Hop aboard this old-fashioned train and embark on a scenic journey through northern New Hampshire’s Mt. Washington Valley. Departing from a beautiful 1874 Victorian Station in North Conway Village, enjoy rides to Conway or Bartlett or the legendary Crawford Notch excursion.
Experience the fun of rail travel in the comforts of open or enclosed restored vintage cars (from the 1920s), and travel in Coach, First Class, or in the elegant Dining Car. Ride past sheer bluffs, cliffs, steep ravines, cascading brooks and streams, panoramic mountain vistas, and bridges on the Conway Railroad.
3. CANNON MOUNTAIN AERIAL TRAMWAY
The first passenger aerial tramway in North America began operation on this site in 1938. Almost seven million passengers were carried to the top by the first tram. Take a scenic eight-minute ride in one of two enclosed cable cars to the 4,080-foot summit of Cannon Mountain and enjoy panoramic views of the distant valleys and mountains. Each tram car has a maximum capacity of 80 persons and ascends 2,180 feet vertically. Walking trails to a summit observation tower leave from the tram station.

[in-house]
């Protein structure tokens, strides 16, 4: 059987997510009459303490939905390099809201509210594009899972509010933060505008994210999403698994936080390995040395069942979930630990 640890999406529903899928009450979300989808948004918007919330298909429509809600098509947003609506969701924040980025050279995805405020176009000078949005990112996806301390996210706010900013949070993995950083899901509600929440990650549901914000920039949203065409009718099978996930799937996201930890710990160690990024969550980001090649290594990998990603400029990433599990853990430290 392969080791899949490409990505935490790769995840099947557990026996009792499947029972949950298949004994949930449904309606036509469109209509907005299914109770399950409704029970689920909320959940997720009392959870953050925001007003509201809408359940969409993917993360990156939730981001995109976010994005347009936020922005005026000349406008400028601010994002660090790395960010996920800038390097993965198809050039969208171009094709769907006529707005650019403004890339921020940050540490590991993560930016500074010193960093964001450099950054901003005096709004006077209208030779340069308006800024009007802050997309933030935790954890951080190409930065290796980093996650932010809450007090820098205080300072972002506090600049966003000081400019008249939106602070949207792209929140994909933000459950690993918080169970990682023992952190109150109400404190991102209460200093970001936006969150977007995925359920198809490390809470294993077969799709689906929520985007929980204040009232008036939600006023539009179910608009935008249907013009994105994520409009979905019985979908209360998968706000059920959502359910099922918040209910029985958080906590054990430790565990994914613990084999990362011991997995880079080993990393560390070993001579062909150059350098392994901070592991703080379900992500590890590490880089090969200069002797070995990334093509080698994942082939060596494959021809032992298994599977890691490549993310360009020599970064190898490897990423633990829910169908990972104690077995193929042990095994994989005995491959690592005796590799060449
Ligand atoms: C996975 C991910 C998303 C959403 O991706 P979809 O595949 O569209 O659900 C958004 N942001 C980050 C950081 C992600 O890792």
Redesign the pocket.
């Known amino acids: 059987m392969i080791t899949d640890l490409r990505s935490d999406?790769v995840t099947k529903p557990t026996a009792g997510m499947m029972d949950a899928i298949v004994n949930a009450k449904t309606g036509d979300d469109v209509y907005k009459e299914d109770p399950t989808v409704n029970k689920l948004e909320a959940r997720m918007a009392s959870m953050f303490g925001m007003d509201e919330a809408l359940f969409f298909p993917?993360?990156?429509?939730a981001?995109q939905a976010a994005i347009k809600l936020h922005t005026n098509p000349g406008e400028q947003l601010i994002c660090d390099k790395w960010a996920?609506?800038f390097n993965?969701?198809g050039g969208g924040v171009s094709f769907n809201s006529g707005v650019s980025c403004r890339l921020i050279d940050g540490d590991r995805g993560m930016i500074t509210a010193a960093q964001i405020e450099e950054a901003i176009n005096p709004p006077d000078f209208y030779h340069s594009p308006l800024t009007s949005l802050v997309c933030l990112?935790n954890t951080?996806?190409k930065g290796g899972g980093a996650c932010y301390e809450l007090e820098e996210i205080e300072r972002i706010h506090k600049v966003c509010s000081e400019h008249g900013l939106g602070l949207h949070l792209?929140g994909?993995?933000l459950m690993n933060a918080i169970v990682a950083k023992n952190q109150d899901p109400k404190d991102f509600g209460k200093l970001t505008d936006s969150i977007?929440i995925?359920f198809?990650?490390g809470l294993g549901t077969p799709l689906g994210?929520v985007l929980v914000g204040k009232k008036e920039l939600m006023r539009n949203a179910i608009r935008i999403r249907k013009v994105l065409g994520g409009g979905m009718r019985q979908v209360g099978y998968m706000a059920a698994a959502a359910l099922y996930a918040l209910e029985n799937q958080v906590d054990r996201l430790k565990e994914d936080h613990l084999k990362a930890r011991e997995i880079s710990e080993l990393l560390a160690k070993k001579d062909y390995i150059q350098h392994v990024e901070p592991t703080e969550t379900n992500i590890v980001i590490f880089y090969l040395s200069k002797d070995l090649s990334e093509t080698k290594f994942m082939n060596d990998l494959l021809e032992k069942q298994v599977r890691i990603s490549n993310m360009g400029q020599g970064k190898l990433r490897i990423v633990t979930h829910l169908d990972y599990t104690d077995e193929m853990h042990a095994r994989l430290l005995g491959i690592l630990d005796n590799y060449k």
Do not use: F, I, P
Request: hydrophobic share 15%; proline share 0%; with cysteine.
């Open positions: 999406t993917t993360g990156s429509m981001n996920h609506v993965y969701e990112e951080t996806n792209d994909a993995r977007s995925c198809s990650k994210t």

In the winter, Cannon Mountain is a favourite among skiers, with 97 trails and slopes for all abilities. Cannon is the home of the New England Ski Museum which is located near the base of the tramway.
Where to stay near Mount Washington
1. RED ELEPHANT BED & BREAKFAST
We stayed at the Red Elephant Bed & Breakfast in North Conway during our visit to Mount Washington. It is also a great base for accessing the Conway Scenic Railway and other local attractions.
The Red Elephant is quirky and fun. Our room was small, but perfectly comfortable. There are 8-rooms in total. The decorations were extravagant and bold. It is located outside the main town but there were a number of restaurants within walking distance (which was just as well as we got caught in a rainstorm!). There is also a swimming pool if you get the chance to use it.
The owner, a fellow Brit, makes the 3-course breakfast – which was delicious, and like the rest of the property – extravagant.
2. FRANCONIA INN
3. SUGAR HILL INN
Sugar Hill Inn features a restaurant, seasonal outdoor swimming pool, a bar and garden in Sugar Hill. The air-conditioned rooms provide a garden view and come with a closet and free WiFi.
Lincoln is 19 miles from Sugar Hill Inn, while Franconia is 0.8 miles away.